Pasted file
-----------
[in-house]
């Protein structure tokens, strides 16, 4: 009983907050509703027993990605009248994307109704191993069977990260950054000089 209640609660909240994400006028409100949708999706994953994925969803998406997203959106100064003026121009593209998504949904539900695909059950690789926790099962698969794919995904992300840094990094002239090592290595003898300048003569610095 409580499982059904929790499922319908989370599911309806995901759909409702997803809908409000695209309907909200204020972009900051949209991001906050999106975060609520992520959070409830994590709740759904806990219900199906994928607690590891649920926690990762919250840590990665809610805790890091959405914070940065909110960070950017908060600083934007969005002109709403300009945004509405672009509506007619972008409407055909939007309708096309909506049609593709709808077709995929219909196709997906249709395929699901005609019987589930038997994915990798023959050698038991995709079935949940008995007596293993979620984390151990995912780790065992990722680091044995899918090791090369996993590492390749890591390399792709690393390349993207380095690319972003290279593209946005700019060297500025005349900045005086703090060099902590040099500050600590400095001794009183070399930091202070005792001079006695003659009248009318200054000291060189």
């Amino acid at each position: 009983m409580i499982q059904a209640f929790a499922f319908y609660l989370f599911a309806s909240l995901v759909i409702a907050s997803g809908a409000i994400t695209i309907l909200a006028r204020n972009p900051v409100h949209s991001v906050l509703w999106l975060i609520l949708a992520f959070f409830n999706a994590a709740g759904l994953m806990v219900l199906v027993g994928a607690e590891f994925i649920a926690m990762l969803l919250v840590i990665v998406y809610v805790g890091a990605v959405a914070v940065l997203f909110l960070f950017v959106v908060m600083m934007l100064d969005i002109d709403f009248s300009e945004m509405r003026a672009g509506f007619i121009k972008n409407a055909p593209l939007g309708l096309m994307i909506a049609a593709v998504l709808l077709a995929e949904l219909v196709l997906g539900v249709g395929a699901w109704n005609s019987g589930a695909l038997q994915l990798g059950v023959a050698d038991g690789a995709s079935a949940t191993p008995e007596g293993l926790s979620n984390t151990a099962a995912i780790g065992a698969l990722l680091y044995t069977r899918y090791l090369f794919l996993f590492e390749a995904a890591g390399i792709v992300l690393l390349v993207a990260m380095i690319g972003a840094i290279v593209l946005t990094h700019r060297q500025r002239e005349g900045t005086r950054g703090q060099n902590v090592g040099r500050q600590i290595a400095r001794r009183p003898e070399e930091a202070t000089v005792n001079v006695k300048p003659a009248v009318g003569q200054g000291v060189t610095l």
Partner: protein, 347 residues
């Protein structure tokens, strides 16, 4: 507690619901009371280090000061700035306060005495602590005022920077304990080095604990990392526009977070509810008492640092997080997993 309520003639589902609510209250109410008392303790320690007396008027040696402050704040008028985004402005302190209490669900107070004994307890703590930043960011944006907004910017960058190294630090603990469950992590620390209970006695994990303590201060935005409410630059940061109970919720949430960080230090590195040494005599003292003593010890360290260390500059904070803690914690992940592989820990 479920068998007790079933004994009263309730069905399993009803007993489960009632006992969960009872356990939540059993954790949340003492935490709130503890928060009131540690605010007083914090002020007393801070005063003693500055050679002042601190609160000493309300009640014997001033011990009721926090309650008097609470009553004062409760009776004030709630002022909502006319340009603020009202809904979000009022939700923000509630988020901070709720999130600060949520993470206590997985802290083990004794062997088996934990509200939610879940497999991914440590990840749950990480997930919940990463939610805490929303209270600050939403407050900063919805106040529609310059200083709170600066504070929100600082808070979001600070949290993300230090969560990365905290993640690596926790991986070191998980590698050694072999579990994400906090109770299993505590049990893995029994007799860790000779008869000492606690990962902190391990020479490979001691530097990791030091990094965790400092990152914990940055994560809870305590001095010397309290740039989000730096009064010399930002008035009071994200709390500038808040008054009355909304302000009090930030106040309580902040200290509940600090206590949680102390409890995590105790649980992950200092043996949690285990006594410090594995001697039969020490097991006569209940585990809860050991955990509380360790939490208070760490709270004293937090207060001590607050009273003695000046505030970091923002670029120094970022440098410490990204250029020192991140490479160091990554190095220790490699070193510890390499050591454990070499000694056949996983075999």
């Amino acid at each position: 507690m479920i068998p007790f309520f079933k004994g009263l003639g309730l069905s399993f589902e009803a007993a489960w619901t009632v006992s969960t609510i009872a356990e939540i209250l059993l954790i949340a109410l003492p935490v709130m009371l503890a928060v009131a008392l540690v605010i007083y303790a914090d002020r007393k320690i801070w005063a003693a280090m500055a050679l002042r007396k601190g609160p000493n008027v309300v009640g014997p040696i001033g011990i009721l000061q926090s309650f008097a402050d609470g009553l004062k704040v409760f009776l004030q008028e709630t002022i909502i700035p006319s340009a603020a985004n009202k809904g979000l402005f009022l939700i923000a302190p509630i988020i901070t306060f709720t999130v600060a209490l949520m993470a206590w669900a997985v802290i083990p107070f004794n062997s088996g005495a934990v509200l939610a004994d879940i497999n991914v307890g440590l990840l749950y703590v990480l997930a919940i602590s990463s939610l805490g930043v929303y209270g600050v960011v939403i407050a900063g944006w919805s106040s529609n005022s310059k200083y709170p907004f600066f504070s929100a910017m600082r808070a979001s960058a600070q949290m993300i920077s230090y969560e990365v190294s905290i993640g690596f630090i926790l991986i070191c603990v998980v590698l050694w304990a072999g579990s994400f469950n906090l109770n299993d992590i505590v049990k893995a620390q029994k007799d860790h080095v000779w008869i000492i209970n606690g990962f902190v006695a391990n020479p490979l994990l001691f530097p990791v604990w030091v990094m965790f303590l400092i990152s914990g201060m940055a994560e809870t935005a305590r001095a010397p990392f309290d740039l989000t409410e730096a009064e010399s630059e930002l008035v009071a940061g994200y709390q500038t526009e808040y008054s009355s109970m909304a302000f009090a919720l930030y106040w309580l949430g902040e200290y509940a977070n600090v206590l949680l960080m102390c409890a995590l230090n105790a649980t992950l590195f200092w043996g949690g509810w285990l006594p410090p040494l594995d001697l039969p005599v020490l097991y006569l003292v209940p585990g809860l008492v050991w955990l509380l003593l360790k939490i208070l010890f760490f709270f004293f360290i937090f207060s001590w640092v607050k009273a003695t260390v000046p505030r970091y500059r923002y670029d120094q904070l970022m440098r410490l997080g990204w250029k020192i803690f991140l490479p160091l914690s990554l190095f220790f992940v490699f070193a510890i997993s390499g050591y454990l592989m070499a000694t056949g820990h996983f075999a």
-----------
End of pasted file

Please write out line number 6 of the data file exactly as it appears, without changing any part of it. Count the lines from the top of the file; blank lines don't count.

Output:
């Amino acid at each position: 507690m479920i068998p007790f309520f079933k004994g009263l003639g309730l069905s399993f589902e009803a007993a489960w619901t009632v006992s969960t609510i009872a356990e939540i209250l059993l954790i949340a109410l003492p935490v709130m009371l503890a928060v009131a008392l540690v605010i007083y303790a914090d002020r007393k320690i801070w005063a003693a280090m500055a050679l002042r007396k601190g609160p000493n008027v309300v009640g014997p040696i001033g011990i009721l000061q926090s309650f008097a402050d609470g009553l004062k704040v409760f009776l004030q008028e709630t002022i909502i700035p006319s340009a603020a985004n009202k809904g979000l402005f009022l939700i923000a302190p509630i988020i901070t306060f709720t999130v600060a209490l949520m993470a206590w669900a997985v802290i083990p107070f004794n062997s088996g005495a934990v509200l939610a004994d879940i497999n991914v307890g440590l990840l749950y703590v990480l997930a919940i602590s990463s939610l805490g930043v929303y209270g600050v960011v939403i407050a900063g944006w919805s106040s529609n005022s310059k200083y709170p907004f600066f504070s929100a910017m600082r808070a979001s960058a600070q949290m993300i920077s230090y969560e990365v190294s905290i993640g690596f630090i926790l991986i070191c603990v998980v590698l050694w304990a072999g579990s994400f469950n906090l109770n299993d992590i505590v049990k893995a620390q029994k007799d860790h080095v000779w008869i000492i209970n606690g990962f902190v006695a391990n020479p490979l994990l001691f530097p990791v604990w030091v990094m965790f303590l400092i990152s914990g201060m940055a994560e809870t935005a305590r001095a010397p990392f309290d740039l989000t409410e730096a009064e010399s630059e930002l008035v009071a940061g994200y709390q500038t526009e808040y008054s009355s109970m909304a302000f009090a919720l930030y106040w309580l949430g902040e200290y509940a977070n600090v206590l949680l960080m102390c409890a995590l230090n105790a649980t992950l590195f200092w043996g949690g509810w285990l006594p410090p040494l594995d001697l039969p005599v020490l097991y006569l003292v209940p585990g809860l008492v050991w955990l509380l003593l360790k939490i208070l010890f760490f709270f004293f360290i937090f207060s001590w640092v607050k009273a003695t260390v000046p505030r970091y500059r923002y670029d120094q904070l970022m440098r410490l997080g990204w250029k020192i803690f991140l490479p160091l914690s990554l190095f220790f992940v490699f070193a510890i997993s390499g050591y454990l592989m070499a000694t056949g820990h996983f075999a």